I have a bizarre problem with a simple class that has 3 public properties. For some reason, only 2 of the properties "exist" even though the code that defines them is identical.

Elsewhere in the code I'm binding to these 3 properties, 2 of the properties work (metric & weightUnits), but "distanceUnits" does not.

When I put a breakpoint on the code where this class is instantiated, and hover over the object, only "metric" and "weightUnits" show up as public properties and when I expand "non-public members", everything is there but "distanceUnits" is still missing.

Debugger screen shot:

enter image description here

public class AppGlobalSettings : INotifyPropertyChanged
    public event PropertyChangedEventHandler PropertyChanged;

    private bool _metric;
    public bool metric
        get { return _metric; }
        set {
            _metric = value;
            if (_metric) {
                distanceUnits = "cm";
                weightUnits = "Kg";
            else {
                distanceUnits = "in.";
                weightUnits = "lbs";

    private string _weightUnits;
    public string weightUnits { get { return _weightUnits; } set { _weightUnits = value; OnPropertyChanged(); } }

    private string _distanceUnits;
    public string distanceUnits { get { return _distanceUnits; } set { _distanceUnits = value; OnPropertyChanged(); } }

The only wrinkle I can think of is that the object is instantiated as "public static (see below), but that wouldn't explain why only some properties are available...

public class App : Application
    public static AppGlobalSettings appSettings;
    public App() {
        appSettings = new AppGlobalSettings();
        appSettings.distanceUnits = "in."; // ** just for debugging **

I know the property "exists" and is public because I put in debugging code (as noted above) and it works (it does indeed call the "set" method of "distanceUnits") but it does not show up in the debugger and the binding doesn't work.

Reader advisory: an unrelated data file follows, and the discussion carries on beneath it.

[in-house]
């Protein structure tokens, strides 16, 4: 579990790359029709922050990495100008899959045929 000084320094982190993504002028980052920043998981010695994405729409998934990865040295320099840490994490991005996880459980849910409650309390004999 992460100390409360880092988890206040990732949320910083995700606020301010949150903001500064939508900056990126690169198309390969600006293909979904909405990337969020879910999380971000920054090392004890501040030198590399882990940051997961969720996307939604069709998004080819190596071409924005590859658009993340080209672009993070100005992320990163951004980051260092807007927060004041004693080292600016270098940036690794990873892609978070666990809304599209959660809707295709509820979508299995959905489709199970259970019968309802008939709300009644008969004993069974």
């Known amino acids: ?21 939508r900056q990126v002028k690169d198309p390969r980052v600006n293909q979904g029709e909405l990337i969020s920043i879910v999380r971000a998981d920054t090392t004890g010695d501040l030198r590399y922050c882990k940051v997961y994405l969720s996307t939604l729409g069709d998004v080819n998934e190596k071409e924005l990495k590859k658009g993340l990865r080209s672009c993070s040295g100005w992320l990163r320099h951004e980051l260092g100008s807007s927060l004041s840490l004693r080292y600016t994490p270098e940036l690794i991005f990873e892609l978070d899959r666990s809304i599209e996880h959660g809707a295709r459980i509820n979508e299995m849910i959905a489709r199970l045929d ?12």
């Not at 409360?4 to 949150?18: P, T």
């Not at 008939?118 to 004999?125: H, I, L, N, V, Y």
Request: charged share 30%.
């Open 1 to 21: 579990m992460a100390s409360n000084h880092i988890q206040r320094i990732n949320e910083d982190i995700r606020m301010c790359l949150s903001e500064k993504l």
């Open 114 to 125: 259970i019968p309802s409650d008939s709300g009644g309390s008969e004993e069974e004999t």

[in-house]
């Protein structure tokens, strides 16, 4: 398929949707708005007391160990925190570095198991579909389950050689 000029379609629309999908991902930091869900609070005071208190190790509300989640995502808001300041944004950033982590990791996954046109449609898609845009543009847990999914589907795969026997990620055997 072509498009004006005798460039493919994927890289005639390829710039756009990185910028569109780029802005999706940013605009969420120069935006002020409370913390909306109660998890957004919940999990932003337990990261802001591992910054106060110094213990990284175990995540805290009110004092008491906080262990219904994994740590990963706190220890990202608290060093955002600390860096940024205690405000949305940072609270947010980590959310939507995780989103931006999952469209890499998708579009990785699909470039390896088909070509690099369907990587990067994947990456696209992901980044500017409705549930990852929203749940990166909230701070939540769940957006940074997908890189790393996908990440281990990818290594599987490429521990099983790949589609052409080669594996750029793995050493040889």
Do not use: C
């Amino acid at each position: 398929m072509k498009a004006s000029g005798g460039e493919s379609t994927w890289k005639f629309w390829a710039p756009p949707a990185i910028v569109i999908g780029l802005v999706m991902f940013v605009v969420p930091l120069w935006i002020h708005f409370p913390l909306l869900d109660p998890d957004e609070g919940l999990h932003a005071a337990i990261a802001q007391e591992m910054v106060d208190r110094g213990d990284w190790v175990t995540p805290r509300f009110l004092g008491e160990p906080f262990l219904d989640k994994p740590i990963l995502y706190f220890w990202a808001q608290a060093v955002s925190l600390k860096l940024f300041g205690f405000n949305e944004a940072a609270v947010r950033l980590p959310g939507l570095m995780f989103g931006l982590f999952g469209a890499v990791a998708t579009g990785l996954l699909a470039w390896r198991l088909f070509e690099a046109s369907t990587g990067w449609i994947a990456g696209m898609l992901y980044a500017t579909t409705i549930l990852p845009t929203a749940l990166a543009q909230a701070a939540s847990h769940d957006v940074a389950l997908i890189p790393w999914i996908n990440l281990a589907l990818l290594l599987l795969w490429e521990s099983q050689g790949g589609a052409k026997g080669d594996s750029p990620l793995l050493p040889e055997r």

For the sake of completeness, here is the binding code for the labels that shows distanceUnits:

        Binding girthUnitBinding = new Binding("distanceUnits");
        girthUnitBinding.Source = App.appSettings;
        girthCell.unitLabel.SetBinding(Label.TextProperty, girthUnitBinding);

And in that section, if I edit "distanceUnits" to "weightUnits" just as a test, the binding works.

So any idea why the propertyChanged handler and the debugger can see "weightUnits" but not "distanceUnits" ?

  • 2
    Did you try a clean build and restart VS? Commented Nov 29, 2016 at 17:08
  • Yes I did try "build->clean solution", and restarted VS. I just did it again to be sure. No change. Are there any other "rebuild" or "clean" type procedures that could be tried? Commented Nov 29, 2016 at 17:42
  • Not that I've ever heard of. Is AppGlobalSettings in the same assembly as the App class? Commented Nov 29, 2016 at 17:45
  • I don't know how to check that? I'm new to C# and Visual Studio. On a side note, as a test I created an entirely new class and instantiated it as a static in the same way. When I debug, none of the properties show up so that seems to rule out a compiler issue. I'm thinking it has something to do with it being static. Maybe the properties have to be instantiated or something... Commented Nov 29, 2016 at 19:47
  • Is it in the same project, I mean? Commented Nov 29, 2016 at 19:49

1 Answer 1


Thanks to the comments from Ed Plunkett about this actually being a build/debug issue, I was able to find a solution to this problem so I thought I'd answer my own question just in case anyone stumbles on this thread even though the original question and the final answer seem totally unrelated.

My solution was inspired by this post: https://forums.xamarin.com/discussion/45327/newest-version-of-code-not-always-deployed-when-debugging-from-xamarin-studio

In short:

  1. Shutdown Visual Studio
  2. Open windows explorer and navigate to your solution folder
  3. Delete the contents of each of these folders:
    • Release/obj
    • Release/bin
    • Debug/bin
    • Debug/obj
  4. If your solution has multiple projects, for example if you are developing cross-platform solutions using Xamarin, you'll potentially need to do this for each project folder in the solution, e.g.:
    • projectname
    • projectname.Droid
    • projectname.iOS
    • etc.

Note: You would think that "Build -> Clean Solution" (or similar) would do this for you but it does not. You have to go in manually and delete the files yourself.

Hope this helps someone and thanks again to Ed for starting me down the right path.

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